Application Security

How to Recover from a Client-Side Attack

Step 1: Keep Calm and Carry On

First things first. Take a deep breath. Accept that your website or web application has experienced a client-side attack, and keep in mind that the attack may have been ongoing for weeks or months. The damage has been done and the task at hand is to recover quickly but not make things worse or demotivate your people. If your business already has an incident response plan in place, go ahead and follow it. In the event that this is your first client-side breach, work closely with your team to learn and grow together. Encourage them to use the opportunity to enhance their skill set.

Step 2: Contain The Breach

Do whatever is recommended and necessary to contain the breach. This may mean temporarily shutting the website down, so that the attacker can’t steal any more data or engage in other malicious deeds. Although, depending on the type of attack, this may or may not be the best strategy. For example, some security investigation teams may want to keep the system up for a short time to stealthily observe intruder activity to help ascertain the type of threat and even possibly identify the intruder. (This is particularly important if it is an insider threat.) Further, if you take the site down for a week to contain the breach, only to find out that the attack wasn’t targeted at your customers and you could’ve investigated while the website remained functional, the effect on operations and sales may be significant. Ultimately, though, it is important that you take whatever steps you feel are necessary to protect your customers, particularly if they are the ones being victimized by the attack. This may mean that you shut your site down for a time, while you investigate and remove any malicious code.

Step 3: Investigate

The investigation process involves carefully reviewing each first- and third-party script operating on your website to understand what data the scripts have access to and why. For example, are any of your scripts sending data to a foreign country or to a known command and control domain (C2)? Are any of these scripts unused or are they zombie scripts? If you find unidentifiable scripts, then shut these scripts down or change their configurations to prevent them from accessing sensitive data, until you can ascertain their authenticity. In addition, deploy a Zero Trust approach across the website to prevent any remaining scripts from accessing or manipulating data that the scripts have no need to retrieve.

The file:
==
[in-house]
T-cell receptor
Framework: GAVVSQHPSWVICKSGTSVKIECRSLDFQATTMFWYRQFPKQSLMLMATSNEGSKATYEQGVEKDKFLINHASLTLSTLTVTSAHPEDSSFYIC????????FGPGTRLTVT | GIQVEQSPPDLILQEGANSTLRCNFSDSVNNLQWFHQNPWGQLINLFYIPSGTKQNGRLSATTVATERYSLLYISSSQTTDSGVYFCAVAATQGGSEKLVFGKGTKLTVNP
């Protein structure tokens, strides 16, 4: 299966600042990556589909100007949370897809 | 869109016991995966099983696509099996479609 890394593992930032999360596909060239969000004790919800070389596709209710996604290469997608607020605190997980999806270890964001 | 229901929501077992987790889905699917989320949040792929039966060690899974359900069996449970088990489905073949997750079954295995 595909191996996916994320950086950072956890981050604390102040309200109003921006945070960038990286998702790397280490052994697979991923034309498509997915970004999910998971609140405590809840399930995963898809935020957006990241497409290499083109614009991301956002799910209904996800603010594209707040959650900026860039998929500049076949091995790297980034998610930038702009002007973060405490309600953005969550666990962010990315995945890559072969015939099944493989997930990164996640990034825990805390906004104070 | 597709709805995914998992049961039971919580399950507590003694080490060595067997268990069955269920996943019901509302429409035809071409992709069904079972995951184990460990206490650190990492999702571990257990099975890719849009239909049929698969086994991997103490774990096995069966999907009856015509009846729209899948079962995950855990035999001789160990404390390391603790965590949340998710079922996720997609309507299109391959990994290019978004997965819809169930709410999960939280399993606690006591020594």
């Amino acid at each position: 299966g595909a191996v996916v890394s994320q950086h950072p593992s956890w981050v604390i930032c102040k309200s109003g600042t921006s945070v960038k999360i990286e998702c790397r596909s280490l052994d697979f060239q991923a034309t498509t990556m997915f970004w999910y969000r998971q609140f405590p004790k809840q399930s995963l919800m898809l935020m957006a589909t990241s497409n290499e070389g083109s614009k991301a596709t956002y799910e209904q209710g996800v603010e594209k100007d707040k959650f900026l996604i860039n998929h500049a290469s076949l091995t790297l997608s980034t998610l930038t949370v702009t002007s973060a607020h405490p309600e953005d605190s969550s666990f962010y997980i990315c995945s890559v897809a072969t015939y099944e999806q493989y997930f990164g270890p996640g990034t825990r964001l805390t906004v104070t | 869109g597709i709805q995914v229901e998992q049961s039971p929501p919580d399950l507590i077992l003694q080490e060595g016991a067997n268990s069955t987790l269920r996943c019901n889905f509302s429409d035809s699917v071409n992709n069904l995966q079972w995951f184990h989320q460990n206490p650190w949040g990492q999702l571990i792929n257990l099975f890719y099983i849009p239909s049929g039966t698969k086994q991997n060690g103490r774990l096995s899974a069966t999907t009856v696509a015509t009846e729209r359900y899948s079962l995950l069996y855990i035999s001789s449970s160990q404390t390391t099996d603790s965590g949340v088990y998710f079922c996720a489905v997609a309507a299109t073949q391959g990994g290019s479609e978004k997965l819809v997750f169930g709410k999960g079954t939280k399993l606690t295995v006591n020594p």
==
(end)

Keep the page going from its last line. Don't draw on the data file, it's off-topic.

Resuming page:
Step 4: Shut Down Malware, Malicious Scripts, and Backdoors

At this point, you likely have zeroed in on any corrupt third-party or malicious scripts, malware, or backdoors running on your website. Typically you will be able to find suspicious or unauthorized client-side applications or scripts running on your website or web application. Learn as much as you can from them, such as the file path and where data might have been sent, and then shut them down immediately.

Step 5: Identify the Point-of-attack Origin

If you are able to identify the attacker, you may be able to determine whether the attack is the result of an insider threat or an external cybercriminal. You may also be able to determine the point of origin or entry for the attack. This is critical to avoid future breaches and enhance any current security controls (or add new security controls to cover an exposed gap).

Step 6: Recover

Once you are comfortable that your website or web application is operating safely again, it’s time for damage control. If customer data was exfiltrated, you need to follow your local laws and regulations to inform your customers of the breach. It is important to note that depending on the compliance regulations, cyber insurance policy terms, or any contractual obligations you have with your customers, you might need to notify the authorities and your customers and partners ASAP, even before you have recovered from the incident. Talk to your legal and public relations teams to determine the best approach.

When you do notify your customers, they will want to know what information was exposed and how you plan to ensure a breach doesn’t happen again. There are a few key items to outline for them if you decide to announce the breach:

Breach details:

  • What was taken, broken, or stolen?
  • How did the attacker get in, what did they deploy, and what might they do with what they stole?
  • How significant was the breach?
  • Future protective measures:
  • What will your business do to secure your client-side applications in the future?
  • What should your customer do to protect themselves moving forward?
  • What did your business learn from the breach and how will you do better?
  • Is your business still vulnerable to similar breaches?

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